|Gold Coast , Queensland, Australia|
(projects i'm involved in)
Gold Coast, AU
Gold Coast, AU
Southport,Gold Coast, AU
Gold Coast, AU
(projects i'm following)
Posted by Vanessa Monge Augusto Fernandes almost 9 years ago
I rely on 3 main,water plants to achieve soil fertility and to help build organic matter in the soil,we have other spiecies in the pool that operate as support spiecies and also food plants.All plants help balance the nutrient load and polish the water.They provide habitat for micro and macro flora and fauna.The first of my useful water plants is Azzola pinnata the plant is host to a cyno bacterium called Anabaena azollea.Cynobacterium are an important part of the earth oxygen production some place it's importance at upwards of 60% of oxygen production.They exist mainly in oceanic geyers that are located in several different water bodies throughout the word.Anabaena is also a symbiant that has the ability to fix nitrogen from the atmosphere to help this small fern grow in nitrogen scarce enviroments.It is this function I am chasing as nitrogen plays an important role in leaf production in my home garden.I have read that Azolla filiculoides is better at this function and increases it's usefulness if put through a simple ferment process.The second important plant we utilize is Eichhornia crassipes or water hyacynth,this plant is able to reproduce itself at an astonishing rate in scientific trial up to 90 tonnes wet per year per hectare.I have found that my pool which is 8 meters by 4 meters and about 70000 litres,could be covered three times between spring and Autumn,in winter the Azzola becomes more dominant.We find that this is more than enough mulch for the garden when combined with other support spiecies cajunus cajun,crotolaria, cana edulis,symphytum officinal,which are all planted extensively.The hyacynth also rapidly accumulates phosporus and potassium two things that are associated with algae out breaks.Algae can smother the pool and deplete oxygen and the stunt the ability of the other food systems (zooplankton and phyto plankton) from functioning properly.
Wolffia sp or duckweed is our third spiecies,it is the worlds smallest flower,it is about 40% protien and can be used as food,we find it a good addition to our chickens diet and in a pinch I believe that I would eat it too.We are at the moment harvesting approximately 100 grams of small native fish per week to suppliment the protien requirements of the chickens as well.These fish have the role of mosquito control as well,however other spiecies such as dragonfly nymphs are voracious predators of mosquitos.in general mosquitos have not been any issue.We include reeds as perches for dragon and damselflys as they are excellent benificial predators enjoying aphids and other common garden pests.We have quite a number of spiecies of both.The also need the reeds to emerge from the pond and then transform into dragonflies from the nymph stage.A 1000 litre water tank connected to our downpipes keeps the pool topped up a small hose runs from the tank to the pool in rain events.We have a 5000 litre water tank that can be used in times of extreme dry.I have included pictures of the hyacynth on the garden before it is processed by the lawn mower,this area of 8x 3 meters takes about 15 minutes to mulch and mow so it is drop and chop not chop and drop.The after pictures reveal a spongy mass of dark material roots and leaves that are then covered with the other support spiecies.The pool has been a facinating journey for me and it is very rich in learning and observation,I will continue to update on certain other elements as time allows.I would like to thank Fernando Pessoa for giving us the initial help and advice on this endevour as it stands we are more than pleased with our choice.Earlier pictures of this system are available at the PRI website when Craig Macintosh was kind enough to visit us and do a story you can read it here.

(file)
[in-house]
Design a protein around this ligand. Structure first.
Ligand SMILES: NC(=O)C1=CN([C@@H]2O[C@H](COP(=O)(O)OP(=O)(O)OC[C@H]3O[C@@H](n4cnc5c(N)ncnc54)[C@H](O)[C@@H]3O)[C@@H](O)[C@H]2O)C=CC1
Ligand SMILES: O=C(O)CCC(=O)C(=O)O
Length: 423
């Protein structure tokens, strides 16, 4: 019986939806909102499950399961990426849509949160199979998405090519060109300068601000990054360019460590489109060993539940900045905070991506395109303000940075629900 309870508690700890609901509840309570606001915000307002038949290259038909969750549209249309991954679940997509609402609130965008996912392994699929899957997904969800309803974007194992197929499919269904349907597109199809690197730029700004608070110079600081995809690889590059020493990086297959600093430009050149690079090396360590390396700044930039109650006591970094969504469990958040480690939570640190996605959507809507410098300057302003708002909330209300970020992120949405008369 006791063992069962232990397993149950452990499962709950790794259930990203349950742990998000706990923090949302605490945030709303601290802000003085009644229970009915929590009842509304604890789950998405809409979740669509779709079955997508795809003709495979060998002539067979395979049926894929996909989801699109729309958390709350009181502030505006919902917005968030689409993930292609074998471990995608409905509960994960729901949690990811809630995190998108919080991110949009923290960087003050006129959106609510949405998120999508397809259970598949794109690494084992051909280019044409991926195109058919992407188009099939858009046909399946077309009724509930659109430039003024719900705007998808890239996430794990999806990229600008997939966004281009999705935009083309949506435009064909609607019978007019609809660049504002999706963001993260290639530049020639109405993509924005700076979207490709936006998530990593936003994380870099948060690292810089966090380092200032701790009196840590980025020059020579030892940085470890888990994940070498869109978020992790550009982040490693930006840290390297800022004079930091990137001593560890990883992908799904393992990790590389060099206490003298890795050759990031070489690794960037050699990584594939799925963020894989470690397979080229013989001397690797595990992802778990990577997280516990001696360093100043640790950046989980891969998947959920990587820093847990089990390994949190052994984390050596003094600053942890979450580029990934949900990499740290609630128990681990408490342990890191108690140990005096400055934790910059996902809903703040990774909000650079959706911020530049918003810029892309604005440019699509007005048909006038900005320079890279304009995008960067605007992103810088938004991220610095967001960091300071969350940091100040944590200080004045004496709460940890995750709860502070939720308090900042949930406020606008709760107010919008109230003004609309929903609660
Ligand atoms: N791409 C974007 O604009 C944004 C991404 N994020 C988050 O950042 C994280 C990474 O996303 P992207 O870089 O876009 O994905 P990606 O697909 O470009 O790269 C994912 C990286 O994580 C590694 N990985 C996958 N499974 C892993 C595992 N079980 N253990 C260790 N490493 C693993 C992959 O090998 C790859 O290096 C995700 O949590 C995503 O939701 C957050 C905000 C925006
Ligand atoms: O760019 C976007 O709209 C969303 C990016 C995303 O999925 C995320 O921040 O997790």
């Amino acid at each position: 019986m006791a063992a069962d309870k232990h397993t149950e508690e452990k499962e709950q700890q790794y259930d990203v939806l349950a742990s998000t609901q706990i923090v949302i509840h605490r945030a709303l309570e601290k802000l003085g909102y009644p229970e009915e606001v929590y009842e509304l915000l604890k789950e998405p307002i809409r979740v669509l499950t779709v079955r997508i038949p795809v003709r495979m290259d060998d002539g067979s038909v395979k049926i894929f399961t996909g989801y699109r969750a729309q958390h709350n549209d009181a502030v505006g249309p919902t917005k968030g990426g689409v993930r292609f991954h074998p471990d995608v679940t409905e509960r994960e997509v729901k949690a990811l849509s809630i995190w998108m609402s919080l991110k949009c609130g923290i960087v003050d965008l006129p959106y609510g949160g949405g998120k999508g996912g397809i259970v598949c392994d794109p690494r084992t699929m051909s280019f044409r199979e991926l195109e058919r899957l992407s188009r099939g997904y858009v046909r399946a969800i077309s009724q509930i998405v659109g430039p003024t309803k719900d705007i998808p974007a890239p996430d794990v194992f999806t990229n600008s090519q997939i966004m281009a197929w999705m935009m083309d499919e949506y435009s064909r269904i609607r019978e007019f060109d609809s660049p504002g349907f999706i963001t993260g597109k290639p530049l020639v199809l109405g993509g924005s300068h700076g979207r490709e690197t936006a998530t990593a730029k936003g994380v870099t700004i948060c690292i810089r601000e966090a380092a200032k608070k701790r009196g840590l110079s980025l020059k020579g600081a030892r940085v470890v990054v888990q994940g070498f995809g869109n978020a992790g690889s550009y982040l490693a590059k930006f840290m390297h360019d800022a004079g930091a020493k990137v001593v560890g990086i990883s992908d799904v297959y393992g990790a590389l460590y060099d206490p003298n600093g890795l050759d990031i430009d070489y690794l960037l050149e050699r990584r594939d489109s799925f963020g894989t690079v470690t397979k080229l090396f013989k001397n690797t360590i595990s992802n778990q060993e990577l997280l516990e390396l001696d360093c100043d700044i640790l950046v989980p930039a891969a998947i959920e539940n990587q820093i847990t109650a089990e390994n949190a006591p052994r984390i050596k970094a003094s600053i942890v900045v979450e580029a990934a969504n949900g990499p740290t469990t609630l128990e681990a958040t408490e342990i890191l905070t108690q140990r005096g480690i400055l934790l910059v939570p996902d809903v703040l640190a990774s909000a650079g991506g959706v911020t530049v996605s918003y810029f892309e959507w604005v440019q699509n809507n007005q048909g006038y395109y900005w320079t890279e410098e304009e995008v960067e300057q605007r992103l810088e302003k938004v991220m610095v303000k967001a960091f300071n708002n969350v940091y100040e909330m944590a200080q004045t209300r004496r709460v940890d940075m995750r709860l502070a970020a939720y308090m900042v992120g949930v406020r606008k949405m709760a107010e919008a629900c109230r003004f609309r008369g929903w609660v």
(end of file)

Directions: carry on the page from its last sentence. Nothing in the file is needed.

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|Type: Permaculture Design Certificate (PDC) course|
|Teacher: Geoff Lawton|
|Location: Permaculture Research Institute|
|Date: Oct 2007|